Half-hearted implementation is worse than doing nothing, because it sets up an expectation that we're reliably doing the "must do's", when we may or may not be actually doing them. I have yet to audit a single organization that is "doing" the WHO Surgical Safety Checklist, where there aren't items being skipped. This is dangerous because instead of relying on pretty good human memory, we're relying on spotty compliance with a standardized process intended to replace human memory.

If you want placeholders for clinical judgment, as you should, have those who will use the checklist create it, trial it, and revise it. This will also make it efficient and effective.

Finally, on the issue of peer review, physicians should audit one another in clinical practice for compliance with known best practices. As Mr. Levy notes, this is very different from M&M. As a comparison, every commercial pilot gets such an audit, with his/her license on the line, every nine months at a minimum.

Susanne said...

From Facebook:

It isn't really a straw man. People grab on to the "whats" like checklists, in part because they are easy to measure, and vastly underappreciate the importance of the "hows," the collaborative processes that result in improvement tools.

Beverly said...

From Facebook:

Agree with Susanne. Matthew; the lay press, for one, presents this issue as a simple one of 'ask your doctor if s/he is using a checklist.'

Matthew said...

From Facebook:

So -- are you saying checklists should *not* be used because they don't solve *every* problem?

Not too long ago, I guy I knew went into a hospital for a hernia operation and ended up getting a colostomy he didn't need. It wasn't because the surgeon didn't know how to do the hernia operation. It wasn't because the surgical team didn't care enough. It was human error, specifically the kind that happens to people who are highly skilled and caring, but are working from a bad piece of information that could have been caught if somebody remembered to check.

Should we pooh-pooh measures that might have prevented this because they're *simple*? Does being difficult to measure somehow make a policy objective more worth pursuing?

Recently I was very sick with a bacterial skin infection which my PCP (a well known and respected doctor) misdiagnosed as shingles. He'd *insisted* I come into his office and not see some resident in the emergency room, and I believe that biased him toward a diagnosis I was unlikely to get at the emergency room. Like a good doctor, he knew my medical history well. The irony is that I'd have been better off with a resident. I've often noted that residents can give more helpful and informative advice, because their medical knowledge is still conscious rather than intuitive. In any case I didn't hold this against my doctor, because he's only human, and I *do* value his experience and intuition. But a system that made him think critically about his intuitive diagnosis might have saved me several days suffering with a temperature of 104 and some disfigurement. After a single dose of amoxicillin my temperature dropped to 99.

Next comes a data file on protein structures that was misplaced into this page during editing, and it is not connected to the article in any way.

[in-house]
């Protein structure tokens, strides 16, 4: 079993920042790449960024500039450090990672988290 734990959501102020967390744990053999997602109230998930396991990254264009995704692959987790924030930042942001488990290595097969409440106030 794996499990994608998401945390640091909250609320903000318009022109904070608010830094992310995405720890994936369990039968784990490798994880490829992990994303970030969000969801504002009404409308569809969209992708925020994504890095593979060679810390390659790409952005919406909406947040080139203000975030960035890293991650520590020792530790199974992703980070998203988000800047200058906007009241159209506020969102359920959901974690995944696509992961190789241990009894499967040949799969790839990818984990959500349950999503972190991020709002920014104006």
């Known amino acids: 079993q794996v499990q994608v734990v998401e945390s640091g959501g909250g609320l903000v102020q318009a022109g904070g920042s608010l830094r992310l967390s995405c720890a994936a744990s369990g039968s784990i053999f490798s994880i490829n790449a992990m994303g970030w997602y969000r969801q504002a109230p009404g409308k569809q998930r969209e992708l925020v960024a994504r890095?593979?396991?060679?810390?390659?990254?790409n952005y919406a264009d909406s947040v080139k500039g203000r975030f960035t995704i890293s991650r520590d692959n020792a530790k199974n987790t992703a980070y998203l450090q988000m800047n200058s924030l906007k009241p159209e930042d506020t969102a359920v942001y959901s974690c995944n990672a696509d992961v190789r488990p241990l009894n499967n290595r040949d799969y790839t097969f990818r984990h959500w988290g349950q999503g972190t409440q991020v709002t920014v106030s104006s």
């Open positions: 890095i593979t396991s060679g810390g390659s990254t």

I'm not saying "don't improve your processes." I'm not saying "don't reform your organizational culture." In fact quite the opposite. *Do* reform your organizational culture, starting with the stubborn belief that only bad, poorly trained or uncaring people make mistakes, and the attitude that systematic improvements are only worth making if they are a panacea.

Unknown said...

I disagree Susanne...
With regard to the checklist - more specifically, the Pronovost checklist for central catheter insertion: The checklist is the 'how.' The 'what' is the desire to decrease iatrogenic infections; to reduce introduction of bacteria that cause infections; etc. Knowing the 'what' and having a simple procedure available that has proven the benefit of the 'how'is not contrary to lean or medical judgment...its just good common sense.

Anonymous said...

Robert R.A. Hoover, the famous pilot when asked how he flew so many different airplanes. "I always use the checklist".